It must be said that his examination of photography to discover the causes of a private dissatisfaction—as of someone who feels excluded from something—was to a certain extent a trick Antonino played on himself, to avoid having to consider another, more evident, process that was separating him from his friends. What was happening was this: his acquaintances, of his age, were all getting married, one after another, and starting families, while Antonino remained a bachelor.

Have you encountered parents who become obsessed with photography because they think that if there’s a moment of their child’s life that they don’t capture, it will be lost forever?

Given the speed of growth, it becomes necessary to photograph the child often, because nothing is more fleeting and unmemorable than a six-month-old infant, soon deleted and replaced by one of eight months, and then one of a year; and all the perfection that, to the eyes of parents, a child of three may have reached cannot prevent its being destroyed by that of the four-year-old. The photograph album remains the only place where all these fleeting perfections are saved and juxtaposed, each aspiring to an incomparable absoluteness of its own.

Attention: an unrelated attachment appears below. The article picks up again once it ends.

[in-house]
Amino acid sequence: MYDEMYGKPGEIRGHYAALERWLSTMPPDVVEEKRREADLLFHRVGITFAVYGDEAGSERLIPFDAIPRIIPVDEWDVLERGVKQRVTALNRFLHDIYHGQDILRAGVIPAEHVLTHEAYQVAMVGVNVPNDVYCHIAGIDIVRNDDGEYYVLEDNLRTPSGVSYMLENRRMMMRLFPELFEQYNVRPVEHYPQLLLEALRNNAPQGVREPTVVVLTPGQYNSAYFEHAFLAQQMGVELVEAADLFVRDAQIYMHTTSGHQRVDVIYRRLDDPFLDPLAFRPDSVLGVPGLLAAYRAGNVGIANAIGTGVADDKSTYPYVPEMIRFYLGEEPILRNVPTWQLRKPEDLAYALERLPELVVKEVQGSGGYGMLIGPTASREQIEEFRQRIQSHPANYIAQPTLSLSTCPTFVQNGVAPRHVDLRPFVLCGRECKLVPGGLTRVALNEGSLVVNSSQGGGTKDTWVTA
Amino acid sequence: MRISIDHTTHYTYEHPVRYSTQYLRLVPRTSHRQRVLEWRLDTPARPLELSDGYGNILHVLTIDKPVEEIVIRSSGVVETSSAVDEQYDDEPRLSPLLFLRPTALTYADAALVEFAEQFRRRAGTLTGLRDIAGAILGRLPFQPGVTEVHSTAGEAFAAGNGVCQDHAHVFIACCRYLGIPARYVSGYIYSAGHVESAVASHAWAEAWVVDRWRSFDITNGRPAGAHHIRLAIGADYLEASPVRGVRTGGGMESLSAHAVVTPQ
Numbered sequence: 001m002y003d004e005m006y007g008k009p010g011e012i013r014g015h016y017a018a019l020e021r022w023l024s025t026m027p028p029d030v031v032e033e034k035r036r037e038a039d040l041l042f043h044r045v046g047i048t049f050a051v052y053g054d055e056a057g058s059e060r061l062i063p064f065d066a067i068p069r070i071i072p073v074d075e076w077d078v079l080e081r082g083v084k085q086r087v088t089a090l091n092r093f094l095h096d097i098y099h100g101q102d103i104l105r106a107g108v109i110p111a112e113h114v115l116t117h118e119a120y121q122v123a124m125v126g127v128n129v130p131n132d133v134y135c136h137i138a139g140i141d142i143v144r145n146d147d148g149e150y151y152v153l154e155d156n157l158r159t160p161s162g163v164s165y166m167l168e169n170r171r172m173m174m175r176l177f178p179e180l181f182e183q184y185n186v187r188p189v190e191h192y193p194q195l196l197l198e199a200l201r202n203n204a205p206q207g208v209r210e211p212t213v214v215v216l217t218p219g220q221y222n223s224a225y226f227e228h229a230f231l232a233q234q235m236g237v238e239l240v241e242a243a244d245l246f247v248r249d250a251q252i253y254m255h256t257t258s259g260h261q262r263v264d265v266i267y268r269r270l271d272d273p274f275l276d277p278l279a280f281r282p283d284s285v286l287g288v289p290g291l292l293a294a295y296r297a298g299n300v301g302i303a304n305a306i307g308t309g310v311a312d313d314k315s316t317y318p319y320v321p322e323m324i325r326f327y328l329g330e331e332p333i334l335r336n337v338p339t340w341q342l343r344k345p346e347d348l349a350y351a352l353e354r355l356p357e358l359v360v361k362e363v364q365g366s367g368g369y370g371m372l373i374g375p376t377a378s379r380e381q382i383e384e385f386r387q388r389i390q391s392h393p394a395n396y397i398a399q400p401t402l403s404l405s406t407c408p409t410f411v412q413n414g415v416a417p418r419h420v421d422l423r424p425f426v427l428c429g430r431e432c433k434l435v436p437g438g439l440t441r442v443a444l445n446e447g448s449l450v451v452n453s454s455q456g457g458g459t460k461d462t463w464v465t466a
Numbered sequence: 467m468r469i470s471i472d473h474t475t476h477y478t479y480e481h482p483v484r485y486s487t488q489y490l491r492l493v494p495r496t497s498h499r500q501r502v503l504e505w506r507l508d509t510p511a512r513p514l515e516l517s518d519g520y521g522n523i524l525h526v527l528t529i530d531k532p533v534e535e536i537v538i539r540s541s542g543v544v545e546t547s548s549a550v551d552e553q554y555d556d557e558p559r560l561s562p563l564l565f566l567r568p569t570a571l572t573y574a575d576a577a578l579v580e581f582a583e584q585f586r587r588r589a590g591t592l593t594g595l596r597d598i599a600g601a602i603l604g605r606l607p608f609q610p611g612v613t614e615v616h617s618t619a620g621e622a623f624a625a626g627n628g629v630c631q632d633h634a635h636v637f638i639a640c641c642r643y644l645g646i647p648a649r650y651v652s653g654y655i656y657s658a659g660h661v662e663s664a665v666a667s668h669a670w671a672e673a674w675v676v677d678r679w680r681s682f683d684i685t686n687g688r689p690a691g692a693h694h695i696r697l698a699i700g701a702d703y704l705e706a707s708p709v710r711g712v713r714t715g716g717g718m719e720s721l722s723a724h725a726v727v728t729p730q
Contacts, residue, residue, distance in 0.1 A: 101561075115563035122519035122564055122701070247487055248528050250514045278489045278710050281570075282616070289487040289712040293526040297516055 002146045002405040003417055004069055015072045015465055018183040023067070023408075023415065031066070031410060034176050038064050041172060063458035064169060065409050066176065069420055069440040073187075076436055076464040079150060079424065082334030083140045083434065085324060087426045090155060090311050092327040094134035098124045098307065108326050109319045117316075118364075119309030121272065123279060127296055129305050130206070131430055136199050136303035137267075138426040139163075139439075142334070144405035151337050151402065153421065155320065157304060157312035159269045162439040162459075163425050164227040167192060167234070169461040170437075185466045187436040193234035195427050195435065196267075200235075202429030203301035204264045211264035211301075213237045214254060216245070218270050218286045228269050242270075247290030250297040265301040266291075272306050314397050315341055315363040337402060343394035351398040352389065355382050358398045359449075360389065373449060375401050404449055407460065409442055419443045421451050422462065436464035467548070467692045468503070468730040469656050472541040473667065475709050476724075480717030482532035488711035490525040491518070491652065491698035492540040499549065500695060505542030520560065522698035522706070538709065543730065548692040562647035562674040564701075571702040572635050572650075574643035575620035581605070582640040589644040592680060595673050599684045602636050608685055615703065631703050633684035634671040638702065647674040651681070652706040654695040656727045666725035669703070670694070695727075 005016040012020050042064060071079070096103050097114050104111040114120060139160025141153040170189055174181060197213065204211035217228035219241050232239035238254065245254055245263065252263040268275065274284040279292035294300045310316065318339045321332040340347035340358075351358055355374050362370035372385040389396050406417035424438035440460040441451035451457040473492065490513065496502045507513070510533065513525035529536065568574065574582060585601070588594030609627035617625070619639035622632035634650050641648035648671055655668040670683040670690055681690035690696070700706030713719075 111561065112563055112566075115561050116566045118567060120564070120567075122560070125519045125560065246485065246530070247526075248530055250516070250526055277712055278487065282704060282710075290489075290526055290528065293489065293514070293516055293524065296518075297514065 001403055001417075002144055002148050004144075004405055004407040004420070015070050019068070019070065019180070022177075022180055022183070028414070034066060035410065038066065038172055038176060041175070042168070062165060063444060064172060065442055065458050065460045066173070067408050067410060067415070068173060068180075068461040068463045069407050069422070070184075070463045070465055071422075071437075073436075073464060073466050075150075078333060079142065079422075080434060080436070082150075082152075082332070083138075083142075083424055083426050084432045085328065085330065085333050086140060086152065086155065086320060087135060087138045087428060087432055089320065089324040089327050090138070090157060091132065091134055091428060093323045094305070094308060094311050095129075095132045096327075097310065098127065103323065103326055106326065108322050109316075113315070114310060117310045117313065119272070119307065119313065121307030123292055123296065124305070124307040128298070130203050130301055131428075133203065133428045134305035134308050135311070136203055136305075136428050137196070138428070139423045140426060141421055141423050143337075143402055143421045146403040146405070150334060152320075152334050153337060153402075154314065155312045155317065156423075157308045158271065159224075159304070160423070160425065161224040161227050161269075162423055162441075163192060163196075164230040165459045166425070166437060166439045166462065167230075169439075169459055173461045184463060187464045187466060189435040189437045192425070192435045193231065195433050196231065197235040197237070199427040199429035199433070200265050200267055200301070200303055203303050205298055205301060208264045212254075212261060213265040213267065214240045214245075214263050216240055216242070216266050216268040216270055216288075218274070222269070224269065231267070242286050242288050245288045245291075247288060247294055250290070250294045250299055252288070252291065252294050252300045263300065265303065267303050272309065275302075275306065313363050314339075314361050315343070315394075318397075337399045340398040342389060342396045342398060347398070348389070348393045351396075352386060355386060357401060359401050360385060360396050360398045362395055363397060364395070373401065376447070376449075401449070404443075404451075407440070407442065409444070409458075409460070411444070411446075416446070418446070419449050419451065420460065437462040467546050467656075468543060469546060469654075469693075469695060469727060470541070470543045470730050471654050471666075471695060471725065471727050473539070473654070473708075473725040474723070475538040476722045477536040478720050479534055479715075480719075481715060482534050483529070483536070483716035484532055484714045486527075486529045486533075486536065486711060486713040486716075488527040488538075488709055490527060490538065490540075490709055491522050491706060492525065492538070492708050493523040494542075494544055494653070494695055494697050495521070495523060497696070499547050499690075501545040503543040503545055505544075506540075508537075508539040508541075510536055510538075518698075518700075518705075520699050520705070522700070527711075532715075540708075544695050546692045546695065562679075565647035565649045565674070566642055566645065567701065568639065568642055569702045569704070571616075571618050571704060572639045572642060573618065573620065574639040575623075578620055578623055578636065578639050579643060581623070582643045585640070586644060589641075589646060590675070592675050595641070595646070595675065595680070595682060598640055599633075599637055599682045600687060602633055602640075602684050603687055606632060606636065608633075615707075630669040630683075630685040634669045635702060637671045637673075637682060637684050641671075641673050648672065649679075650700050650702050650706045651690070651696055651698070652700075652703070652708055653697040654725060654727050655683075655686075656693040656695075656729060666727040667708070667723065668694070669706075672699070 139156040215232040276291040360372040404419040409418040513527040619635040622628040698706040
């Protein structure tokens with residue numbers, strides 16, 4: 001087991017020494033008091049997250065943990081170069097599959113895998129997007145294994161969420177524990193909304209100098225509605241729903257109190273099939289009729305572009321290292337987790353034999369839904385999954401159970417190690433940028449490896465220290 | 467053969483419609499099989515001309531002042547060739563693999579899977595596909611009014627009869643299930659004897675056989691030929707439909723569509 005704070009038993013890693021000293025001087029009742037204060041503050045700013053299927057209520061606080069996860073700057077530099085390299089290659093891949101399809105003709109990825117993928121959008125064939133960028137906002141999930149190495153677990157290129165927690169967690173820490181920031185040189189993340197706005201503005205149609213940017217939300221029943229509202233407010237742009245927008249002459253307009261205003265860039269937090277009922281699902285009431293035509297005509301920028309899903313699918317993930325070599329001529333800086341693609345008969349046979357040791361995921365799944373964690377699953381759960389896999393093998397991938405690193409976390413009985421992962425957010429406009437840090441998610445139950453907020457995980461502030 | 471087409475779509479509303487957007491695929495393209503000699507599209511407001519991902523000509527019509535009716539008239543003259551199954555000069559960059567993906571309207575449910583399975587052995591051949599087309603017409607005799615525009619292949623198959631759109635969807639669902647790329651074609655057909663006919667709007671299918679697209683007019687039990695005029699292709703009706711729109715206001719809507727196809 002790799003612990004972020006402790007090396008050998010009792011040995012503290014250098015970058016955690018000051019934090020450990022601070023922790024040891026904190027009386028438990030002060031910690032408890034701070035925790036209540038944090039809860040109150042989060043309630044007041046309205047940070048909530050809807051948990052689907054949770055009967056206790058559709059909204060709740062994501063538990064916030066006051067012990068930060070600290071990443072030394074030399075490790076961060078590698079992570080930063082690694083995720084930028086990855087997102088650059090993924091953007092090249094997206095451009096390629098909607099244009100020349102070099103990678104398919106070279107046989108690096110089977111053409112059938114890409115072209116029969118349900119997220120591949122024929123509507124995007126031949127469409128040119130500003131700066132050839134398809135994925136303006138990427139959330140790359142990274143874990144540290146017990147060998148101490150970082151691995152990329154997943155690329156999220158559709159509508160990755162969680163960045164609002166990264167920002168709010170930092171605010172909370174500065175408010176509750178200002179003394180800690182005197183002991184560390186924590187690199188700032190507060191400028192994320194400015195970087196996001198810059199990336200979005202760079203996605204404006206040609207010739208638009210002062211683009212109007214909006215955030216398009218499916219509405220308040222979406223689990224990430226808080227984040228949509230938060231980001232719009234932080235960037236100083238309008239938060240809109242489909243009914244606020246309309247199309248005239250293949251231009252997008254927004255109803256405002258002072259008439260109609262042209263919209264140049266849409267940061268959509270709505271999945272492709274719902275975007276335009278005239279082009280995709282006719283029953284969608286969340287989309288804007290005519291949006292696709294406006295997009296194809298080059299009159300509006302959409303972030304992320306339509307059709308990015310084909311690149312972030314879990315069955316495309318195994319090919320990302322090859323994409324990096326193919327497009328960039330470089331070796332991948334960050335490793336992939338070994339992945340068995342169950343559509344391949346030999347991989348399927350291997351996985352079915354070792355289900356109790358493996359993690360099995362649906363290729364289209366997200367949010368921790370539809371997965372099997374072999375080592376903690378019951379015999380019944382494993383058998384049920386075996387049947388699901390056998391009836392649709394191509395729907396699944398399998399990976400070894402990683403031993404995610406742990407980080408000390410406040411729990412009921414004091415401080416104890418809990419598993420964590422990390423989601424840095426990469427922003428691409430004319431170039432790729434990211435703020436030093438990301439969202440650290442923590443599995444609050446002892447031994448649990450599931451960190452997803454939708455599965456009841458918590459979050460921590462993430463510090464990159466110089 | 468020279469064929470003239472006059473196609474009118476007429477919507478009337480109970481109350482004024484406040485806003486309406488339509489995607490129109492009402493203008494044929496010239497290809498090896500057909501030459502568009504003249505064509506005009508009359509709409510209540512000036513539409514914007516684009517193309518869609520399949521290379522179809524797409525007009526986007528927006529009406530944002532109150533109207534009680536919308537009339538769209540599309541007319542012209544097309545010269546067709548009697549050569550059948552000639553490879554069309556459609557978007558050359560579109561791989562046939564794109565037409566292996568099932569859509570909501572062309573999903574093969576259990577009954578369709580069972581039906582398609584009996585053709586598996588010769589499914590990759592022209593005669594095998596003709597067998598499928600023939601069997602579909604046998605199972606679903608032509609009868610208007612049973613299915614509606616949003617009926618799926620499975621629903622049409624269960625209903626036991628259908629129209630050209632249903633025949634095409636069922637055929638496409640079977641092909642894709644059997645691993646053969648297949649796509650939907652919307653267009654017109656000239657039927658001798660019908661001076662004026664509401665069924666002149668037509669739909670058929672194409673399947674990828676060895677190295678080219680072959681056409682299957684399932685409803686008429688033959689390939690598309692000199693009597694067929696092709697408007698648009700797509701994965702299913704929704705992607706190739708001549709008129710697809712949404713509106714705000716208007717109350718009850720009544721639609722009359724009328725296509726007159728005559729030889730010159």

Antonino’s argument here is interesting, but flawed:

For the person who wants to capture everything that passes before his eyes, the only coherent way to act is to snap at least one picture a minute, from the instant he opens his eyes in the morning to when he goes to sleep. This is the only way that the rolls of exposed film will represent a faithful diary of our days, with nothing left out. If I were to start taking pictures, I’d see this thing through, even if it meant losing my mind. But the rest of you still insist on making a choice. What sort of choice? A choice in the idyllic sense, apologetic, consolatory, at peace with nature, the fatherland, the family. Your choice isn’t only photographic; it is a choice of life, which leads you to exclude dramatic conflicts, the knots of contradiction, the great tensions of will, passion, aversion. So you think you are saving yourselves from madness, but you are falling into mediocrity, into hebetude.